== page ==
It’s hard to believe, but LeBron James has now played 15 full NBA seasons.
And still, the 33-year-old James is widely considered the best player in the league. He’s not part of the league’s best team, though.
That title belongs to the Golden State Warriors, which completed the 4-0 sweep of James and the Cleveland Cavaliers in the NBA Finals on Friday to become back-to-back NBA champions.
“To be the best player in the world and to give everything you’ve got in your 15th season,” Cavaliers coach Tyronn Lue said of James, “play all 82 games, probably one of the greatest playoff runs hat we’ll ever see from an individual, to carry this team the way he did all season and leading by example, it’s just a testament to his character and who he is as a person and as a player. He had a lot of opportunities where he could have sat out of games and was going through a tough stretch and wasn’t playing well, but he didn’t want to do that. And a lot of guys would have folded under those circumstances, but he didn’t.”
The last time a Finals sweep happened? In 2007, when the San Antonio Spurs beat a 22-year-old James and the Cavaliers in four games.
That’s right, James has now been swept in the Finals twice — both as a member of the Cavaliers. He’s now 3-6 in the Finals, an underwhelming record that can still be considered impressive because of his nine appearances in the championship series.
With free agency an option for James this summer, he faces an uncertain future. But as of right now, the 14-time All-Star has played for two teams in his career — the Cavaliers and Heat.
James will forever be connected to the Cavaliers (regardless of what happens over the next six weeks) because he’s from nearby Akron, Ohio and was drafted by the organization with the top pick in 2003. But it’s easy to make the argument that James accomplished more with the Heat than he has with the Cavaliers.
James won two championships in four Finals appearances over four seasons with Miami. He’s won just one title in five Finals appearances over 11 seasons with Cleveland.
That math is pretty easy. He’s won half as many titles in seven more seasons with the Cavaliers.
James’ championship in Cleveland will be the one that receives most of the attention on his career highlight reel because it marked the city’s first championship since the Browns in 1964 and the Cavaliers did it by becoming the first NBA team to overcome a 3-1 deficit in the Finals.
“At the end of the day, I came back because I felt like I had some unfinished business,” James said of his second stint in Cleveland. “To be able to be a part of a championship team two years ago with the team that we had and in the fashion that we had is something I will always remember. Honestly, I think we’ll all remember that. It ended a drought for Cleveland of 50-plus years, so I think we’ll all remember that in sports history.”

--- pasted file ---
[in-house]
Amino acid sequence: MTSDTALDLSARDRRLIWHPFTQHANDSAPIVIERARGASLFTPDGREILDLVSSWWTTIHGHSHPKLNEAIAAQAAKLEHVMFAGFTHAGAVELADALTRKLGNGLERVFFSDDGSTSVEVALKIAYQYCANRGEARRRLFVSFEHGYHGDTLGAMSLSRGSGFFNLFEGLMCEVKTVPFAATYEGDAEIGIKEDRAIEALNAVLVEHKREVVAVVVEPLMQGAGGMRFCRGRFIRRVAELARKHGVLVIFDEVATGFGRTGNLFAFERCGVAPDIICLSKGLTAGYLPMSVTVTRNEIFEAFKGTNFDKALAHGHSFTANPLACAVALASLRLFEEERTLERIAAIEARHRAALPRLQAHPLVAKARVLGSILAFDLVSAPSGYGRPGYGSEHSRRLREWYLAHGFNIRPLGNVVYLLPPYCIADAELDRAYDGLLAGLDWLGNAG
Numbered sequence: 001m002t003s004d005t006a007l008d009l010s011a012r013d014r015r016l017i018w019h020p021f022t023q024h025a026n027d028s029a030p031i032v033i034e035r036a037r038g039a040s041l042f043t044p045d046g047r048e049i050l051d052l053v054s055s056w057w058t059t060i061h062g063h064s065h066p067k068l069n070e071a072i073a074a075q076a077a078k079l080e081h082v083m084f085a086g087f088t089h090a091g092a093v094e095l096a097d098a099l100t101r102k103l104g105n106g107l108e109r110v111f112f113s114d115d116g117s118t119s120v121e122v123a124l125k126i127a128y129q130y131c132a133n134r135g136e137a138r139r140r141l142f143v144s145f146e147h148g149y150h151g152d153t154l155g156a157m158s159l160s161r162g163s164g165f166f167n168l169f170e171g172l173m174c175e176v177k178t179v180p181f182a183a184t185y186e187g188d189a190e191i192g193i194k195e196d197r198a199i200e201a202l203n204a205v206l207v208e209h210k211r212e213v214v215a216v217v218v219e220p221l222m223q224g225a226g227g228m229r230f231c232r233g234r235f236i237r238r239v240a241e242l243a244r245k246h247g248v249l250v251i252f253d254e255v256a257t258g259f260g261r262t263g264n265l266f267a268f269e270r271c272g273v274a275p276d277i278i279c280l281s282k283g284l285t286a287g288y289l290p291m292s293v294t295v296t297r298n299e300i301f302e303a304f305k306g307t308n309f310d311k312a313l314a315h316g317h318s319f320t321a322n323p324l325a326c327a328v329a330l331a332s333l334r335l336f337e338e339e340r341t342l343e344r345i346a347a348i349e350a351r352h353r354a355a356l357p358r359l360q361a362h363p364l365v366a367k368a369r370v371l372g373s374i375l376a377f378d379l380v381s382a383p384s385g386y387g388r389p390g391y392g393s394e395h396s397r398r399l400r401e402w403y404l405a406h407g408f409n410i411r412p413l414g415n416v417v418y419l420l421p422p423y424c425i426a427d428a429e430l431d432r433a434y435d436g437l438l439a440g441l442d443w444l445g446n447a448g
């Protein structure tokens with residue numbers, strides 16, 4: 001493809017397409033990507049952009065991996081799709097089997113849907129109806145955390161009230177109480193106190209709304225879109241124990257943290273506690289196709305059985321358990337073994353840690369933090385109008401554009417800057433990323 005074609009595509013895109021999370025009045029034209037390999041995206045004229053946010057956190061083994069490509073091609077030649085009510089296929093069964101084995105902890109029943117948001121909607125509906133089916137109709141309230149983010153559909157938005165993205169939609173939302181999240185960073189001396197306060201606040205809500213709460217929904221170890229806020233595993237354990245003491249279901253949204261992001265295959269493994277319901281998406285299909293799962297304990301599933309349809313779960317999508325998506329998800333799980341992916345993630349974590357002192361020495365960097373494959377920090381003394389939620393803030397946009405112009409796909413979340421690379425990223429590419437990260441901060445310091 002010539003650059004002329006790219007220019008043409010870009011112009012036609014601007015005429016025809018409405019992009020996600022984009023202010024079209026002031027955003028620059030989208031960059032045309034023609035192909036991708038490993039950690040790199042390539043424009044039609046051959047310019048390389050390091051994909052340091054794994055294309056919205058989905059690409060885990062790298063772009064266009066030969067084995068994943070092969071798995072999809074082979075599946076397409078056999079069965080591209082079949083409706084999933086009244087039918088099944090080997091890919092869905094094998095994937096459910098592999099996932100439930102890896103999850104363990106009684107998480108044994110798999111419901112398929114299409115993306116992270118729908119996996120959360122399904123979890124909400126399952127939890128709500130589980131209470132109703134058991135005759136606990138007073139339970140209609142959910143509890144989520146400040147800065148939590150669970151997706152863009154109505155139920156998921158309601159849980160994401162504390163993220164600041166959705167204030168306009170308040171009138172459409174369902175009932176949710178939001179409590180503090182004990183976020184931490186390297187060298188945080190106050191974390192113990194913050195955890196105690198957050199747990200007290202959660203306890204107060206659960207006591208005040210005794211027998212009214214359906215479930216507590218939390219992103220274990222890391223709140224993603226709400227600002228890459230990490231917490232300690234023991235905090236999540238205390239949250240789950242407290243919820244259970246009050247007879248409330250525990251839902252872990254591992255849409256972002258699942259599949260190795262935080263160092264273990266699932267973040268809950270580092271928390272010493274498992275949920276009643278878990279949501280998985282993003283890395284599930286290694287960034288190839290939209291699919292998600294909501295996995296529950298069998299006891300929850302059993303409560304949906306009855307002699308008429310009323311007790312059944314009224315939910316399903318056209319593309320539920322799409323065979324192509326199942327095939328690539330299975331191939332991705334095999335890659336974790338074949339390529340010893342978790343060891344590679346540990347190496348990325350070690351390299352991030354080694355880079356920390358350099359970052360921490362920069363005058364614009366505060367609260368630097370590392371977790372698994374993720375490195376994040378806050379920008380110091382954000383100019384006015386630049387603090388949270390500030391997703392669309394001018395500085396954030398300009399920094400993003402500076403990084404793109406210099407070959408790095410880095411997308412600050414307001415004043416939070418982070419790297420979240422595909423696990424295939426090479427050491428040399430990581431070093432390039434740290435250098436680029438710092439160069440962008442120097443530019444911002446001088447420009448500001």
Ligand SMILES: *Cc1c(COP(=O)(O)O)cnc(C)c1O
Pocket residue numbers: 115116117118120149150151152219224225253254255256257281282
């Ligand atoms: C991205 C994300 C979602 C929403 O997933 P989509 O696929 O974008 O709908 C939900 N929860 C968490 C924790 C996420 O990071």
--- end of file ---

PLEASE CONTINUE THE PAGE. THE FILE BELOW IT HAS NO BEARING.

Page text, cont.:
But if James’ time in Cleveland is indeed over, one title in 11 seasons can be considered a waste of a generational talent. And it makes James’ two championships during his short stint in Miami look that much better.
Kevin Durant, the real Finals MVP: With the Warriors sweeping past the Cavaliers in the Finals, the better battle was between a pair of Golden State teammates for the series MVP. One could make good arguments that Stephen Curry and Kevin Durant both deserved the honor. But Durant was named the Finals MVP for the second consecutive season, as he averaged 28.8 points on 52.6 percent shooting, 10.8 rebounds and 7.5 assists in the series. That stat line is impressive, but it was Durant’s 43-point performance in a pivotal Game 3 that earned him the award. Curry was pretty good, too, averaging 27.5 points on 40.2 percent shooting from the field and 41.5 percent shooting from 3-point range. According to ESPN’s Rachel Nichols, Durant won the Finals MVP award with a 7-4 voting edge over Curry.
“I know that’s a story line, and I’m sure it would have been nice for Steph to win the MVP, but honestly, I don’t think he’s that disappointed at this point,” Warriors coach Steve Kerr said. “One of the great things about having the talent around him is that he gets to win championships. Two years ago we lost, and in Game 7 to Cleveland, and that was devastating. Steph went out and recruited K.D. with this in mind, winning titles. I was there in the Hamptons when we had that discussion. I don’t remember anybody asking who is going to win MVP in The Finals. It was all about let’s win championships together, and that’s what this is about. You guys can write about MVP. We don’t care.”
Game 1 loss really hurt LeBron: The Cavaliers’ heartbreaking overtime Game 1 loss in the Finals hurt them in more ways than one. ESPN’s Brian Windhorst reported that James played the final three games of the series with a “significant right hand injury” — his shooting hand — after punching a black board in the locker room following the loss. The injury didn’t force him to miss any time, but it did require two MRIs and a soft cast when he was off the basketball court. Despite that, James averaged 34.0 points on 52.7 percent shooting, 8.5 rebounds and 10.0 assists in the four-game series. But it seems like the injury impacted his outside shooting, as he made just 3-of-11 shots from long range over the final three games.
“Self-inflicted, postgame after Game 1,” James said, confirming the injury following Friday’s season-ending loss. “Very emotional. For a lot of different reasons, understanding how important a Game 1 is on the road for our ball club, what that would have done for us, the way we played, the calls that were made throughout the course of that game. I had emotions on the game was taken away from us. I had emotions of you just don’t get an opportunity like this on the road versus Golden State to be able to get a Game 1, and I let the emotions get the best of me. Pretty much played the last three games with a broken hand, so that’s what it is.”